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Rami Almeghari

Palestinian prisoners to fight new Israeli jail restrictions

Palestinians in the occupied territories have been engaged in various forms of resistance [AFP]

Date of publication: 18 January, 2019

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Showers are to be limited, and political rivals housed together, writes Rami Almeghari.
Um Ahmad Alzahar, the mother of Palestinian prisoner from Gaza, has been unable to visit her son, Ahmad Alzahar, for the past three years.

In 2003, Ahmad was sentenced to 20 years in prison for actions against the Israeli army.
 He was suspected of preparing to attack an Israeli settlement that was later evacuated in 2005, when Israel officially withdrew from Gaza.

The 65-year-old mother is getting more and more worried for her son after Israeli Public Security Minister Gil'ad Erdan announced a package of restrictions for more than 6,000 Palestinian prisoners inside Israeli jails.

At her home in Gaza City's Tal-Alhawa neighbourhood, Um Ahmad's tears roll down her face, a portrait of her imprisoned son by her side. She speaks with bitterness about the latest plan.

"Even the Arab states have not [spoken out] about such suffering of our imprisoned sons," the mother of four sons told The New Arab.

"What are the Arabs waiting for? Are they waiting for the moment that the prisoners return back to their homes in coffins? I desperately need my son back; I need to talk to him about my life, our bad conditions. I swear by God, I need him so badly."

In early January, Erdan said "the party" was over for Palestinian prisoners. Showers were to be be limited and prisoners from the Fatah movement would be housed with bitter rivals from the Islamist Hamas movement.

Among other planned measures is restricting access to funds provided to prisoners by the Palestinian Authority.

The Israeli internal security apparatus known as Shin Bet, expressed reservations over about the announcement, fearing violence.
We are confident that the prisoners themselves will be able to defy any measures that might harm their dignity and humanity
The Hamas-led Palestinian Ministry of Prisoners' Affairs says the planned restrictions are unlikely to go into effect.

"We are quite certain that the real battle will be inside the prisons themselves and therefore, we are confident that the prisoners themselves will be able to defy any measures that might harm their dignity and humanity," Islam Abdo, the ministry's spokesperson, told The New Arab.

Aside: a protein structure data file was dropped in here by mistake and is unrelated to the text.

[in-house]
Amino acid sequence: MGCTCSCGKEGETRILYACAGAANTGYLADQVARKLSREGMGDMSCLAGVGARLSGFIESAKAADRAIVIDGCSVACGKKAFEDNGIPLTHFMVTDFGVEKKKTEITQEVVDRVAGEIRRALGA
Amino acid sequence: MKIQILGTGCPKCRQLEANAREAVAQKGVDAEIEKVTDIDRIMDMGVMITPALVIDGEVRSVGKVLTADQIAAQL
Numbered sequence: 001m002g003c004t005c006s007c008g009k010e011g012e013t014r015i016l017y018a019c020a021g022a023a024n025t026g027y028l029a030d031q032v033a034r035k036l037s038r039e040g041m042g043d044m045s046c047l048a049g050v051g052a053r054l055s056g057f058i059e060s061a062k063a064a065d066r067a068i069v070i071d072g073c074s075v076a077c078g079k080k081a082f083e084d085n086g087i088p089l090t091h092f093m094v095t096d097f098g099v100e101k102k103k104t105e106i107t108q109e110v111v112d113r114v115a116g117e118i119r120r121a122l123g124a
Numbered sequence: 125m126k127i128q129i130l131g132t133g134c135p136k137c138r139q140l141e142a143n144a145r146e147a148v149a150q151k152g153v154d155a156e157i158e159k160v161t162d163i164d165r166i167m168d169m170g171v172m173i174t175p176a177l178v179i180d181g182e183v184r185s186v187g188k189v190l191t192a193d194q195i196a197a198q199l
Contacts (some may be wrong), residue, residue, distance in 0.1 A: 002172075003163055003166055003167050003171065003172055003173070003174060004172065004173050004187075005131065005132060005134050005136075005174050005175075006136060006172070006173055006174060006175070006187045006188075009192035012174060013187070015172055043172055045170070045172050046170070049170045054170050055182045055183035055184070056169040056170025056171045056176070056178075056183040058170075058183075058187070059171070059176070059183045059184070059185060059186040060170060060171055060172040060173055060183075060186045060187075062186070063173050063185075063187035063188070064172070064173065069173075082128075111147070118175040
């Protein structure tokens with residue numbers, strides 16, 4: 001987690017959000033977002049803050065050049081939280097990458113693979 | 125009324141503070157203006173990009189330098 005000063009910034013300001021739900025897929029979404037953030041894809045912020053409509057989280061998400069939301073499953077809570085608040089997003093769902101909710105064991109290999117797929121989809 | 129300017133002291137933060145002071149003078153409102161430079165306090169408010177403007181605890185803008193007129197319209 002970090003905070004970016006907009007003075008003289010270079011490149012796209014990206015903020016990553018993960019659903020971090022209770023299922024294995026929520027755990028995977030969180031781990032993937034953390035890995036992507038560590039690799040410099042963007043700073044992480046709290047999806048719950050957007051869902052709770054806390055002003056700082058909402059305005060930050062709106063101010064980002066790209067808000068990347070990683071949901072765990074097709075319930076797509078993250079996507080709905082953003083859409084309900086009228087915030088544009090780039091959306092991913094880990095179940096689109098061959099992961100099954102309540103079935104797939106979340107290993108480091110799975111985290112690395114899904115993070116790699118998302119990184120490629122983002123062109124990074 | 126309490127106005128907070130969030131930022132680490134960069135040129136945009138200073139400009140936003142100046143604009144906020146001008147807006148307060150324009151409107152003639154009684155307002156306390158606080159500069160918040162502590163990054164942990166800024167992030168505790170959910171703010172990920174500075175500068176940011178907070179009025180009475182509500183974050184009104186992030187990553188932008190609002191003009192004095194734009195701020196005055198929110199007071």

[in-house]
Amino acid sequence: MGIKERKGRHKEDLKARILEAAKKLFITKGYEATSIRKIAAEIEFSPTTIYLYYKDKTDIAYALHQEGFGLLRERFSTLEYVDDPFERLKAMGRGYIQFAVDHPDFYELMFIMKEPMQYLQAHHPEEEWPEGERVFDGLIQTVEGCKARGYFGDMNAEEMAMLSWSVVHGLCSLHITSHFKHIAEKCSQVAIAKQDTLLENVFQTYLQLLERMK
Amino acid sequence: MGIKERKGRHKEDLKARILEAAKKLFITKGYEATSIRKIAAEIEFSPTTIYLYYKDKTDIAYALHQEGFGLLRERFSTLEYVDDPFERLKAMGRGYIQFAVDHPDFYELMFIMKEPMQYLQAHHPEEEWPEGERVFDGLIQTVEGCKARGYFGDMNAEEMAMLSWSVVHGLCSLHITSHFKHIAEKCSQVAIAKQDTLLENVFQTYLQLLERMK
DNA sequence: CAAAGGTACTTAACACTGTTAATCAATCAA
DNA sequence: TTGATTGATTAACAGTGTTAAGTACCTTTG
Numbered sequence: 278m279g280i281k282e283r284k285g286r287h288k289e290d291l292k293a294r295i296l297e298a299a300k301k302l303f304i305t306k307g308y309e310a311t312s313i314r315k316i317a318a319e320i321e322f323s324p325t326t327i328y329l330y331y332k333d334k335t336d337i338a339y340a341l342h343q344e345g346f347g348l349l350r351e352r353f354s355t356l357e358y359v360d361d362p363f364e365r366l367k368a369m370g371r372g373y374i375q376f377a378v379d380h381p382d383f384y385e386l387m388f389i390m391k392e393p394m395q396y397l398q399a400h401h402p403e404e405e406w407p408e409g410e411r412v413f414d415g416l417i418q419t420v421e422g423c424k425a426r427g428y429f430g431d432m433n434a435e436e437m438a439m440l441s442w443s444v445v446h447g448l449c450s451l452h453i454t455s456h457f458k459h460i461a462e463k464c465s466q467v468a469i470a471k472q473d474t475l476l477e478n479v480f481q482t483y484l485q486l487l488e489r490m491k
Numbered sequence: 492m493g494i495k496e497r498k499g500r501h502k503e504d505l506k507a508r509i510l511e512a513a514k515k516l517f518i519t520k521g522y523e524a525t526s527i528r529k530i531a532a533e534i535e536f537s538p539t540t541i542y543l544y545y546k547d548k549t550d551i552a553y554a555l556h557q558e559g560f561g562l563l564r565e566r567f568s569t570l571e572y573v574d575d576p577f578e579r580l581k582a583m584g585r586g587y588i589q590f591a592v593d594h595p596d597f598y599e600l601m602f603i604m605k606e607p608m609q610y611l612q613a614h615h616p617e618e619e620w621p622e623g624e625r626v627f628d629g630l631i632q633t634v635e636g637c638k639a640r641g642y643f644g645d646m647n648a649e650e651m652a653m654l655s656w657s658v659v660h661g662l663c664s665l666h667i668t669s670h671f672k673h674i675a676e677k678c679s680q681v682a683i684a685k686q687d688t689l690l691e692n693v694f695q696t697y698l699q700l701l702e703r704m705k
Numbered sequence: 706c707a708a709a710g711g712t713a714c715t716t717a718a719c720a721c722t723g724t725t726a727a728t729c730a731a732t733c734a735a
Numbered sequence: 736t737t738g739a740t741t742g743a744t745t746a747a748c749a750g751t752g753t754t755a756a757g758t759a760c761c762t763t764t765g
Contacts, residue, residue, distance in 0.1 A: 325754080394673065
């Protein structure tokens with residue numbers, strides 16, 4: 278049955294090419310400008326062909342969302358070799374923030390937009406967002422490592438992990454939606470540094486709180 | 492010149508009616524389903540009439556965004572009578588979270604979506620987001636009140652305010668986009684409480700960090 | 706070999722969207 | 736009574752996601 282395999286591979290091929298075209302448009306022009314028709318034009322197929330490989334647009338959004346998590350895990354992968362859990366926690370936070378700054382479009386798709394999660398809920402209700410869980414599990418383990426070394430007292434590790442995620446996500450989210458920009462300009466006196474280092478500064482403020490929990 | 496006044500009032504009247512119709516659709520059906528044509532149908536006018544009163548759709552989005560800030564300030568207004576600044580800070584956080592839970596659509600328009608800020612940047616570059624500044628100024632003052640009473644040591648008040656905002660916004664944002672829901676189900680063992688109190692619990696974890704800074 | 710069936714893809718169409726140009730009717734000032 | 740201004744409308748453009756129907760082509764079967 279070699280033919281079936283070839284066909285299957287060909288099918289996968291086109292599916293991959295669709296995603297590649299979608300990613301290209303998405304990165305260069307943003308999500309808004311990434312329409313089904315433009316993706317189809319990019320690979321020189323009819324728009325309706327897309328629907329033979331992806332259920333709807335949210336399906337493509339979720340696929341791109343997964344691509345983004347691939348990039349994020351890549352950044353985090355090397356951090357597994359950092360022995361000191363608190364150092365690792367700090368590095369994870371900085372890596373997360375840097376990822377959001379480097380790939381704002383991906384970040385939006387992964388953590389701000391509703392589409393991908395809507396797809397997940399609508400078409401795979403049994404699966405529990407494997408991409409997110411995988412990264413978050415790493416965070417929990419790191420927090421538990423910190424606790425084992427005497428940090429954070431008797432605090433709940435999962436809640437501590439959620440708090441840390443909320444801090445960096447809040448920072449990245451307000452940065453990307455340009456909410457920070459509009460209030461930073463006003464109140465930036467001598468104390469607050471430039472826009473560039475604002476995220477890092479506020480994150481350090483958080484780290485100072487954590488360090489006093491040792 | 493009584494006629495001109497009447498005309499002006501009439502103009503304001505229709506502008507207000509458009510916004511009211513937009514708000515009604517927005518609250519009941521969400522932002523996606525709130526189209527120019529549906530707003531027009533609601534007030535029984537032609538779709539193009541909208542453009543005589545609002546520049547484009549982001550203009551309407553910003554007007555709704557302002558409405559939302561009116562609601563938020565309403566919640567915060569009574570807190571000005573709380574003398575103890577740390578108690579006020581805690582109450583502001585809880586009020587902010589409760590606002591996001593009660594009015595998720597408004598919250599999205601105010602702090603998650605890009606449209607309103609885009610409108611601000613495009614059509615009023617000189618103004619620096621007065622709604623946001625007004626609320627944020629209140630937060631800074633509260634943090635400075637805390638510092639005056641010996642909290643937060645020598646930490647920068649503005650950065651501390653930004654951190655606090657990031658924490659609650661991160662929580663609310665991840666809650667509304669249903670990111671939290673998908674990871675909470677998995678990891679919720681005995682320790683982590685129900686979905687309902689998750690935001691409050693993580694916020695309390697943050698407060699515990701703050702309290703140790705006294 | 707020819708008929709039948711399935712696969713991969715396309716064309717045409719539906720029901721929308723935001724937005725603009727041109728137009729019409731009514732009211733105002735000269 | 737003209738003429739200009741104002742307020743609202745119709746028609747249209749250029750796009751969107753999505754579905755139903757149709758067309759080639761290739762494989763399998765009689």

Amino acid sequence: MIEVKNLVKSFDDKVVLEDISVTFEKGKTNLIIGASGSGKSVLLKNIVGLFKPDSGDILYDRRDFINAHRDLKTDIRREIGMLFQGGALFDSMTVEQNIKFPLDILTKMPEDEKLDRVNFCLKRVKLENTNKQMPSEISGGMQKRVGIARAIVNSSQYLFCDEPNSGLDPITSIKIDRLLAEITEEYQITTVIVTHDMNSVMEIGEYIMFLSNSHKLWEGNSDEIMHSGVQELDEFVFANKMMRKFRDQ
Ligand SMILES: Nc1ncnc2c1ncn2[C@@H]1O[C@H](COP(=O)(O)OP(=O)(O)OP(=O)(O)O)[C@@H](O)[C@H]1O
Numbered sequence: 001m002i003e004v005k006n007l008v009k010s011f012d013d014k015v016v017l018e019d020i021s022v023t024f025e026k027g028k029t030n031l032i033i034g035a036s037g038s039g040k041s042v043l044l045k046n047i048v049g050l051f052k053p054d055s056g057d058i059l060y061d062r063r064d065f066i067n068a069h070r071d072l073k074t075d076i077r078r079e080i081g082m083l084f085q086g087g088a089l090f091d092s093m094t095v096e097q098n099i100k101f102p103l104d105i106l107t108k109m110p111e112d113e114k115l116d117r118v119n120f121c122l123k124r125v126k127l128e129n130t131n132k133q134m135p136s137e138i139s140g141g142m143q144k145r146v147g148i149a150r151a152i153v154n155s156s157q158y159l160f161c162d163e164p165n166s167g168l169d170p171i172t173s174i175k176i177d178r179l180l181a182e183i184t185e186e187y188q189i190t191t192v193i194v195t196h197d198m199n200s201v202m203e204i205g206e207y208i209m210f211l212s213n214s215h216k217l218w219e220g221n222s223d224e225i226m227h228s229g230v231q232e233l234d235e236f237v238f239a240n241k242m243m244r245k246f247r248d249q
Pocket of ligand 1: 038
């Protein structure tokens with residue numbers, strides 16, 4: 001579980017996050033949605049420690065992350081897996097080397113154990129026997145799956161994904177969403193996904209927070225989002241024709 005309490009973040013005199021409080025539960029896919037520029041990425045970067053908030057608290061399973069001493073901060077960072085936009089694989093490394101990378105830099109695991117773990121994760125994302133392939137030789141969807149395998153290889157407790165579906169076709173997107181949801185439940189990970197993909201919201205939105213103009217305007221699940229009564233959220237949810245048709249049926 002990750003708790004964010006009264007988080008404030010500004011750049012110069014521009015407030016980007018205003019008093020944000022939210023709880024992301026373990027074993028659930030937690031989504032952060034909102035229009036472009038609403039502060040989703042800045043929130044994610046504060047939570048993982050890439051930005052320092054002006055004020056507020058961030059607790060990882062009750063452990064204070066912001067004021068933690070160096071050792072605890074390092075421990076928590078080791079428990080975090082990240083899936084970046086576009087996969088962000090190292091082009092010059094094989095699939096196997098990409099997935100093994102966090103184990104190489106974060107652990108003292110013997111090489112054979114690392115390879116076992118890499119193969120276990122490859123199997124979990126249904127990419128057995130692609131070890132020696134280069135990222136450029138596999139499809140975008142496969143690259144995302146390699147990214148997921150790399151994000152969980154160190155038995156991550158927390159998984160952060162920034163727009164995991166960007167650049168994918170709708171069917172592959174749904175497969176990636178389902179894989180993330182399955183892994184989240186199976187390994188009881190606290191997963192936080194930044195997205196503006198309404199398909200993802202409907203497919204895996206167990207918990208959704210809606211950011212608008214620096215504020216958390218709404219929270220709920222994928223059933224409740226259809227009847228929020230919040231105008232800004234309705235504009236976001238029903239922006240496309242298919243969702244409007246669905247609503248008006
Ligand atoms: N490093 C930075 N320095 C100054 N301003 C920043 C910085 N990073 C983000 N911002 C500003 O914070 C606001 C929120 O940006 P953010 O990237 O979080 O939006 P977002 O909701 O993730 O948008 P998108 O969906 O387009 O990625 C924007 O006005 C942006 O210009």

Abdo downplayed the new restrictions, citing previous prisoner actions including hunger strikes and protests which helped improve conditions inside Israel's jails.

Commenting to The New Arab about the Israeli plan, Waleed Alagha, who spent 13 years inside Israeli prisons, including the infamous Ramon prison, said that before he was released in late 2015, he experienced similar Israeli measures. He also said that relations between Hamas and Fatah prisoners is based on mutual respect and care.

"In 2014, they imposed one hour out of the cells per day. By then, we, the prisoners, practiced a great deal of pressure on the prison's service, until they allowed us to take one hour out, three times per day. So, we had three times out; one in the morning, a second in the middle of the day and a third in the evening," said Alagha, formerly linked ot the Hamas movement.

The prisons' service is always keen to avoid confrontation with Palestinian prisoners, he added.

In the Gaza Strip, the Almizan Center for Human Rights said such Israeli restrictions on prisoners had been in place for a long time. Among those restrictions is the denial of family visits for 160 Hamas and Islamic Jihad-linked prisoners, for the fourth year in row.

The centre denounced the newly announced restrictions, and called on international human rights organisations to move against them.

"Legally, we are rejecting such new Israeli violations against prisoners. We consider them grave violations of international humanitarian law," said Almizan lawyer Samir Mana'ma. "We demand an immediate halt to such violations in a way that would protect the Palestinian prisoners and respect the rules of international law."
Imagine your child has been away from you for many years and you have been unable to even see him?
Israel's policy of detention of Palestinians has been implemented since the Gaza Strip, West Bank and East Jerusalem were occupied in 1967.

Since then, Palestinians in the occupied territories have been engaged in various forms of resistance against the Israeli military occupation. Their resistance has involved both violent and non-violent actions.

The Palestinian people honour Palestinian prisoners for the resistance role they have taken against the Israeli occupation. When Israel and the Palestine Liberation Organisation signed the Oslo declaration of principles in Washington, back in 1993, the plight of prisoners was one of the main contentious issues in negotiations between the two sides.

Israel holds approximately 6,500 Palestinians, including 230 children and 54 women.
 Among them are 360 prisoners from Gaza.

"I would rather address all other women, including Israeli ones," said Um Ahmad Alzahar. "Imagine your child has been away from you for many years and you have been unable to even see him?"

Rami Almeghari is a Palestinian freelance journalist living and working in Gaza. 

Follow him on Twitter: @writeralmeghari

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